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Two cases decided on May 23 by Judge Esther Salas in the US District Court for the District of New Jersey (Univ. Spine Ctr. v. Aetna, Inc. and Univ. Spine Ctr. v. United Healthcare – both unpublished decisions) reiterate the importance of including clear anti-assignment language in health plans to prevent healthcare providers from circumventing plan terms to obtain payment.

In this age of skyrocketing health costs, plan sponsors typically work with their advisors and insurers to craft reimbursement structures for services under their health plans. This often includes a lower reimbursement rate for certain out-of-network services. In recent years, many plans have had more claims from out-of-network providers trying to circumvent these design decisions and seek full reimbursement from the plans.

To enable their claims, providers often require participants to sign assignment agreements when they receive services. Then, the providers request documents under ERISA and seek full reimbursement from the plan through the appeals process. A provider’s document request often includes ominous language with case citations and may be dozens of pages long. Responding can be a hassle, but less so if the plan includes well-crafted anti-assignment language.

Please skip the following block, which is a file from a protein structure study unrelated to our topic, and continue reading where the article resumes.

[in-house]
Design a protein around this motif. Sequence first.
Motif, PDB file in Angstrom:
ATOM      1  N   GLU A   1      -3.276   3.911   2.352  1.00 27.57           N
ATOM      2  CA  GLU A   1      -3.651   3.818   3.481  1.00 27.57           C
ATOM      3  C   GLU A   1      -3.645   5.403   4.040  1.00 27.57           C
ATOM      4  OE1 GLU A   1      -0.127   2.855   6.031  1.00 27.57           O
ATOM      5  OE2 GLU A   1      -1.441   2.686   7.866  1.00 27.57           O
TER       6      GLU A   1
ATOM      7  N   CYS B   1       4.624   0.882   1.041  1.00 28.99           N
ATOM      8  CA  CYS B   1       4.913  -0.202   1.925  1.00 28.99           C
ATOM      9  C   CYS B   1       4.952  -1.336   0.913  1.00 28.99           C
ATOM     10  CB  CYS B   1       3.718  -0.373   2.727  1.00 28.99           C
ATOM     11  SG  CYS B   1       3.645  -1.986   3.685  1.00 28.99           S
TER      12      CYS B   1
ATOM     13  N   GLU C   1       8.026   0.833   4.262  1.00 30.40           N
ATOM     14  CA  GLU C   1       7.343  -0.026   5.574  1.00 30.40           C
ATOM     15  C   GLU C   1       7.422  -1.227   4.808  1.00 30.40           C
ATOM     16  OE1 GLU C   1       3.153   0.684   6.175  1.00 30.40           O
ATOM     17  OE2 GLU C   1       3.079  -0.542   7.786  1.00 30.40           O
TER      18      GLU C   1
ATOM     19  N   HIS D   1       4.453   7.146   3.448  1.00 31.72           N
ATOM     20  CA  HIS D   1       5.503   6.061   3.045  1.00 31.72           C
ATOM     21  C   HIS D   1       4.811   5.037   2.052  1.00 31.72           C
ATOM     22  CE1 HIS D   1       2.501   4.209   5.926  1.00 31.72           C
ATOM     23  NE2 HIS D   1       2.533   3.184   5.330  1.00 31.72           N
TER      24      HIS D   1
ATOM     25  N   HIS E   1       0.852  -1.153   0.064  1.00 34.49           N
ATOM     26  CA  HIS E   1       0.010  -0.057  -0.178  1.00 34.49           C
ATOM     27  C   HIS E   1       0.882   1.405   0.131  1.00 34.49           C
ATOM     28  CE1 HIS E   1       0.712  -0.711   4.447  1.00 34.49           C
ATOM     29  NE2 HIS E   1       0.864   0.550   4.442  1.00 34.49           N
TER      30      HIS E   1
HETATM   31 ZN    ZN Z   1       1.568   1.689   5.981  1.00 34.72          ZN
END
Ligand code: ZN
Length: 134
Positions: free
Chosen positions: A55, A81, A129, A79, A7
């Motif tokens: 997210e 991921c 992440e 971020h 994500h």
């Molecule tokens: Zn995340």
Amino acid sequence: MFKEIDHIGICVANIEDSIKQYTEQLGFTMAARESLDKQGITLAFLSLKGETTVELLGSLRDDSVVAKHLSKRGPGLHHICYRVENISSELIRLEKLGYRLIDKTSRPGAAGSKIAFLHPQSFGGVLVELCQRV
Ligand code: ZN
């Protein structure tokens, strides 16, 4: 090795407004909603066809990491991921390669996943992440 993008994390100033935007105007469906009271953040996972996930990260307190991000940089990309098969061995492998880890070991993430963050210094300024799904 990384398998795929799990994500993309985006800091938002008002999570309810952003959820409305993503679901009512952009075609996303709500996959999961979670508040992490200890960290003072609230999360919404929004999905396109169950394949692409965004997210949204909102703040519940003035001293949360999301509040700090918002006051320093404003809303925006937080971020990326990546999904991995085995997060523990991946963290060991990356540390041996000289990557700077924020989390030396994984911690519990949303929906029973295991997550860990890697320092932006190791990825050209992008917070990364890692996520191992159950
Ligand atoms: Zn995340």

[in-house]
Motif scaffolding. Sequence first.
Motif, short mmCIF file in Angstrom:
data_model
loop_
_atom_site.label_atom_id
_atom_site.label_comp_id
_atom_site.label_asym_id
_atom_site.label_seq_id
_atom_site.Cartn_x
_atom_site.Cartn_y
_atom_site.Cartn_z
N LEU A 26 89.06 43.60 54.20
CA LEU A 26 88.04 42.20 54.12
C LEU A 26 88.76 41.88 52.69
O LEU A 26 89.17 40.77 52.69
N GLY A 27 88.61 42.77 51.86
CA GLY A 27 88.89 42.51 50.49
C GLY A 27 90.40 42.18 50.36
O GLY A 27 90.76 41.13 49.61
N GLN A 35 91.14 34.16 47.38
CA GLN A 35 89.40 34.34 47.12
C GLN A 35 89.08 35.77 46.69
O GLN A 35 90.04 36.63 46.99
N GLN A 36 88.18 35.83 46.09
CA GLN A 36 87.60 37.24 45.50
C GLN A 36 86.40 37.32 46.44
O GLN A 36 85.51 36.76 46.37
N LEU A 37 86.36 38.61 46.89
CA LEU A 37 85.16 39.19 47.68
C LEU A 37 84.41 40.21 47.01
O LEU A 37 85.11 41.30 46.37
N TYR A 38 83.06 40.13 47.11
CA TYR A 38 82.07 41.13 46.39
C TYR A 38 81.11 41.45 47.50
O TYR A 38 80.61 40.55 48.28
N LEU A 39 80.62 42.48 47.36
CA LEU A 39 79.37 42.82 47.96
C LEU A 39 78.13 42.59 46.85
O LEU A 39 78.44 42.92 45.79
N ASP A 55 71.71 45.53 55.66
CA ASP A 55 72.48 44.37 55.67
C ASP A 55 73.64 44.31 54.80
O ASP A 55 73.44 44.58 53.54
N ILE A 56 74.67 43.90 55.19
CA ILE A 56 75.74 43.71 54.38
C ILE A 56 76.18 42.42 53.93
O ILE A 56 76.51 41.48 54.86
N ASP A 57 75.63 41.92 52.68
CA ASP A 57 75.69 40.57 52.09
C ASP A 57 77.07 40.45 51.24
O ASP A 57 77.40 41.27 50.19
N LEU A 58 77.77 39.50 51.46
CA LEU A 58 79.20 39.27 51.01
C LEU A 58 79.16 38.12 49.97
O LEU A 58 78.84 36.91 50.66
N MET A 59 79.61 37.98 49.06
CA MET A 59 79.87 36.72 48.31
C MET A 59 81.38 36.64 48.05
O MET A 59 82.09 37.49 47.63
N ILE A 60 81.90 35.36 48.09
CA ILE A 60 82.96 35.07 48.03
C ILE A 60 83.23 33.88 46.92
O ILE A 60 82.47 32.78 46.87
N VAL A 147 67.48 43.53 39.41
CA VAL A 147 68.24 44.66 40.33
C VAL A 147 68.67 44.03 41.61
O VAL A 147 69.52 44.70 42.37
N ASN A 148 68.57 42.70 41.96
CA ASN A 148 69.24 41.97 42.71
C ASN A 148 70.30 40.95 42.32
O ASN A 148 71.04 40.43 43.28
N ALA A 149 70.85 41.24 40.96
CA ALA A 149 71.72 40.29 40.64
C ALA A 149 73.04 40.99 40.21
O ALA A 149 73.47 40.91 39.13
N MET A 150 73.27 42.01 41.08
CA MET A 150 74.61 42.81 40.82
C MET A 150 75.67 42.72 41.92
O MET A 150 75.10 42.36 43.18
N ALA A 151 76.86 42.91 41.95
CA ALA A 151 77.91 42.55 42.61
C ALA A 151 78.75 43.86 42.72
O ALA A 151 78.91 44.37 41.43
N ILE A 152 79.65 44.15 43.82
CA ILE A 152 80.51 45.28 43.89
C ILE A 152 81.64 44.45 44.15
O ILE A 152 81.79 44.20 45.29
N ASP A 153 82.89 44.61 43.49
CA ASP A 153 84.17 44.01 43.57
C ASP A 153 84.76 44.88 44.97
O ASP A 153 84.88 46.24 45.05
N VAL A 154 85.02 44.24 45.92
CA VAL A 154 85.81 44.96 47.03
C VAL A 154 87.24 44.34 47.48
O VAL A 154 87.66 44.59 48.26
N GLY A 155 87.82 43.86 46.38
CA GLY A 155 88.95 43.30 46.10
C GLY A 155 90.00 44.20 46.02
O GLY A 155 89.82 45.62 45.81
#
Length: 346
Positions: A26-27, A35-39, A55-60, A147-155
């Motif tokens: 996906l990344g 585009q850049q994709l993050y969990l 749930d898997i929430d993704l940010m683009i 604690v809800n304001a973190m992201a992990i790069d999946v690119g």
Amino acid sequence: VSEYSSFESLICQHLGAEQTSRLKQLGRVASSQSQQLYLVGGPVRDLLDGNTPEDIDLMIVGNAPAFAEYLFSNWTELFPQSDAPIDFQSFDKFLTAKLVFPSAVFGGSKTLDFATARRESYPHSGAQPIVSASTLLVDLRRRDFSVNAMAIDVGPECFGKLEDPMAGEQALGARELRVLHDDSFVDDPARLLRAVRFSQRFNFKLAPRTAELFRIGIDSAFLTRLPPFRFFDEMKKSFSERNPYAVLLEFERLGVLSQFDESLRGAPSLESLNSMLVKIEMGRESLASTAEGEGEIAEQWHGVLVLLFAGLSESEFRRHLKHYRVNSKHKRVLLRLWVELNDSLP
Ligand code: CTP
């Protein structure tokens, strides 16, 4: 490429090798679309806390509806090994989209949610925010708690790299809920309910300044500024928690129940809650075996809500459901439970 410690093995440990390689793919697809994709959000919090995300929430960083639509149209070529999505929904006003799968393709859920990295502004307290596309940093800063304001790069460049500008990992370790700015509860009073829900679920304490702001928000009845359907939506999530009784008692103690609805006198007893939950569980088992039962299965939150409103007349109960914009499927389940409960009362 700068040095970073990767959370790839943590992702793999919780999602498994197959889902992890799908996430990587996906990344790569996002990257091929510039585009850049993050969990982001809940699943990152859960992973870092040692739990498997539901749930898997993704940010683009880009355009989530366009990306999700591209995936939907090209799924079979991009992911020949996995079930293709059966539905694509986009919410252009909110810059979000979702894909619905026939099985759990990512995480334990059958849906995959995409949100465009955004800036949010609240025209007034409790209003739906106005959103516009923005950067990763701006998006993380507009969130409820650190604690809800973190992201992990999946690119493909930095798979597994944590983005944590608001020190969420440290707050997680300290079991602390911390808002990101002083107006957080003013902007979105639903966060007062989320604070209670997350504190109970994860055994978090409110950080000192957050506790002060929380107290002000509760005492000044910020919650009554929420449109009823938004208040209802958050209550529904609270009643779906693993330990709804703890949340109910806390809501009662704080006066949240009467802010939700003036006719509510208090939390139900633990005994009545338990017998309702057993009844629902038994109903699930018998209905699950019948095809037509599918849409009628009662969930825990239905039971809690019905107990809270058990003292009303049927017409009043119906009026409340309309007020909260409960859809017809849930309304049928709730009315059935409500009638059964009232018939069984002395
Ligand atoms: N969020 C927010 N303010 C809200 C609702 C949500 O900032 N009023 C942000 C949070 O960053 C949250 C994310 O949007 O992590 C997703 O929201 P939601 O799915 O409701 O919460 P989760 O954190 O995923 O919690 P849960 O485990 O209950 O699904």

In these recent cases, the plaintiff—the same spinal injury treatment center in both cases—provided medical services to a plan participant in each plan and demanded that the plans reimburse them more than $178,000 in one case and almost $350,000 in the other. The plans’ reimbursement structures each reimbursed just a fraction of this. Rather than being satisfied with the standard plan reimbursement, the provider requested the relevant plan documents and appealed for the additional roughly $175,000 and $325,000 reimbursement from each of the respective (unrelated) plans. The plans both ignored the respective requests, and the provider sued.

When the plans (separately) defended that they had clear and unambiguous anti-assignment provisions that prevented the provider from suing, the court agreed. In both cases, the court found that the anti-assignment language was valid and enforceable and dismissed the provider’s case.

The cases allude to a few ways that may improve the enforceability of (but are not necessarily required to enforce) an anti-assignment provision:

  1. Include the language in both the plan document and the summary plan description (if they are not one and the same)
  2. Explicitly indicate that the language applies to healthcare providers
  3. Specify that any attempted assignment is void or invalid if performed without the plan’s consent and that the plan will not recognize any such assignment

Considering these pointers, plan sponsors may want to review their plan documents and summary plan descriptions to ensure they include the appropriate anti-assignment language.